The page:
Yes, it’s all legal, but it’s all bad. Very, very bad. If you have any leanings toward an addictive personality, you’re screwed to the tenth power. I do. I am.

I’m not actually doing anything for my disease but masking the symptoms. The only medication I take that actually helps is a “disease modifier”, composed of human hormones and injected every twelve days. This cannot stop the disease, it cannot make it go away; but it can slow the progression. All the rest of it simple masks the effects of it.

I imagine my pain growing worse each and every day. And, maybe it is. But I really can’t know because I continue to mask it. As an opiate wears off you feel some pain, so you have another. As an opiate wears off you also get cranky, so you have another. Ditto a benzo. You get cranky and anxious, so you have another. When a nerve blocker wears off, your nerves come alive again, so you take another to knock them back down. I’m not helping myself, I am reducing myself to someone who cannot feel.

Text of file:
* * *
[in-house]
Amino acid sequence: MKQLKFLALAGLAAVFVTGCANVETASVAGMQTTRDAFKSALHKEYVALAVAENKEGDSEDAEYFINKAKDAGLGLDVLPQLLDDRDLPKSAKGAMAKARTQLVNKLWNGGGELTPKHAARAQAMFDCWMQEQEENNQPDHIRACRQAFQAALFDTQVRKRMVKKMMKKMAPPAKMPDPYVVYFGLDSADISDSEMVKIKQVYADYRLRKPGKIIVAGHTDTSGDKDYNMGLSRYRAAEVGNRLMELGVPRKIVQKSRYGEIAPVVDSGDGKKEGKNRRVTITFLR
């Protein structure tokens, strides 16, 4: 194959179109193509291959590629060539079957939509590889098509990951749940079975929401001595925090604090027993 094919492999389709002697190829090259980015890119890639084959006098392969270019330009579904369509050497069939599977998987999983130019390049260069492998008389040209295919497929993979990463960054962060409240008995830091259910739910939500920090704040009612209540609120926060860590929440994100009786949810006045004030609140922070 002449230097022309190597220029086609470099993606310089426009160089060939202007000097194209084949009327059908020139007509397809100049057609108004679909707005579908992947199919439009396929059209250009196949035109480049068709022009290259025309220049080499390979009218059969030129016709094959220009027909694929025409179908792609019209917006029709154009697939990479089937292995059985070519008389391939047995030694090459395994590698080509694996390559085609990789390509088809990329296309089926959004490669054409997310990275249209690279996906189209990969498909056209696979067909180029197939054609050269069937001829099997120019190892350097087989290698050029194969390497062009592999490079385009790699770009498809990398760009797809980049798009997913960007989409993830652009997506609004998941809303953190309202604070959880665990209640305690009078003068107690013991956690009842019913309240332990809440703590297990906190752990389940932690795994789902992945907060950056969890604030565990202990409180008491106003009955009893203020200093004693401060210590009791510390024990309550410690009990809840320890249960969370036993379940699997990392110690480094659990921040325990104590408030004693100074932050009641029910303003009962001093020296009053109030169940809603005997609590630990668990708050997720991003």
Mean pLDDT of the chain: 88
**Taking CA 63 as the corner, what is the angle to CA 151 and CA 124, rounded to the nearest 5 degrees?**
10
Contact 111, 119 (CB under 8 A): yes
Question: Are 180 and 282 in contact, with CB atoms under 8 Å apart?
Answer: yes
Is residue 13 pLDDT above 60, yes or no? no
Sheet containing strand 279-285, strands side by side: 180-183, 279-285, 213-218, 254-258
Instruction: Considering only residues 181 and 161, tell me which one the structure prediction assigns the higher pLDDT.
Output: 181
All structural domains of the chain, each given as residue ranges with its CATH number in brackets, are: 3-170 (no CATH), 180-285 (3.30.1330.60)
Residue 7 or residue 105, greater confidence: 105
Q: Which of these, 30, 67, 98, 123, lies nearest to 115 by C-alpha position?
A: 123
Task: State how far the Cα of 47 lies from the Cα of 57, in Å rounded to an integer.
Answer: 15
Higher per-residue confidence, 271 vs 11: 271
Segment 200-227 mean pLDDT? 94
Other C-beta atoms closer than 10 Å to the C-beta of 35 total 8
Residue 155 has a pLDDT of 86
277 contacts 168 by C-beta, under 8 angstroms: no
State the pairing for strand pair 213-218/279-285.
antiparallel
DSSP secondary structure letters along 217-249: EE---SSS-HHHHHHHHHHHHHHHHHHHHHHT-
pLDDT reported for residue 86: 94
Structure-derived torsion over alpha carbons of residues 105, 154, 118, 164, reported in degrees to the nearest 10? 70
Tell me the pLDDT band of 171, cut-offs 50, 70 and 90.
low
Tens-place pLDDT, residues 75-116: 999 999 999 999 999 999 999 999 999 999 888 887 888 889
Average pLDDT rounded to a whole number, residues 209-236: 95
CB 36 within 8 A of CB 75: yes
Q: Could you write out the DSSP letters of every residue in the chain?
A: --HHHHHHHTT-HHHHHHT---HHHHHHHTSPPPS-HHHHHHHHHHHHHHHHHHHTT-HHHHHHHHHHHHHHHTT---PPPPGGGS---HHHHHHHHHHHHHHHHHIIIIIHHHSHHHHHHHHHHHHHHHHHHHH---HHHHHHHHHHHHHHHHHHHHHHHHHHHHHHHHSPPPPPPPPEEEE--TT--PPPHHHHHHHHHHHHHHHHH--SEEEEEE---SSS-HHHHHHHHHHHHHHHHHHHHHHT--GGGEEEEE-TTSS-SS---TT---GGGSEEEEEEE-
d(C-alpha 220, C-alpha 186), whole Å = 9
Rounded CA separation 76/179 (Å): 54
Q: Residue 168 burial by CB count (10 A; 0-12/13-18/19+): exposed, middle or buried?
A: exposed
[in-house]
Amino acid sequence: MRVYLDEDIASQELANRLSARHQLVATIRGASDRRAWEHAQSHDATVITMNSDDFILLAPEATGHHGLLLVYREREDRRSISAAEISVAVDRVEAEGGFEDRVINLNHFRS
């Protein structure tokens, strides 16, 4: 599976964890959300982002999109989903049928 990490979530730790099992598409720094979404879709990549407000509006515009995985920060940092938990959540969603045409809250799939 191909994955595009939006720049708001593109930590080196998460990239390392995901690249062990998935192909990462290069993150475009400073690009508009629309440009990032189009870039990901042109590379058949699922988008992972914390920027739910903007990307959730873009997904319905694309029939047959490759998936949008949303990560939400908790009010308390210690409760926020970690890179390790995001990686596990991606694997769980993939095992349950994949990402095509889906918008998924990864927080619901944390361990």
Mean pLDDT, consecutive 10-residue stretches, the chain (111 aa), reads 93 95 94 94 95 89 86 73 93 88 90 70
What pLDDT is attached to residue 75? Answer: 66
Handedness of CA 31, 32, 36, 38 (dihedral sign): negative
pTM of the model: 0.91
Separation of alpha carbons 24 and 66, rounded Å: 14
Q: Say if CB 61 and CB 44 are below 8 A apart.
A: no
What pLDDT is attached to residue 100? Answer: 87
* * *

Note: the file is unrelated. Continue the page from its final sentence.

An unfortunate side effect is that I cannot think, either. I feel like my brain has turned to swiss cheese, to pabulum, to dog shit.

One day, constipation. The next, diarrhea. One day I’m sharp as a tack. The next, dull as a railroad spike. One day I’m friendly. The next day I am grumpy. I have lost respect for other and for myself. While I still welcome moments of total lucidity, I don’t have them for long. My acumen is at risk. My life is at risk. All within the confines of prescribed, legal medication.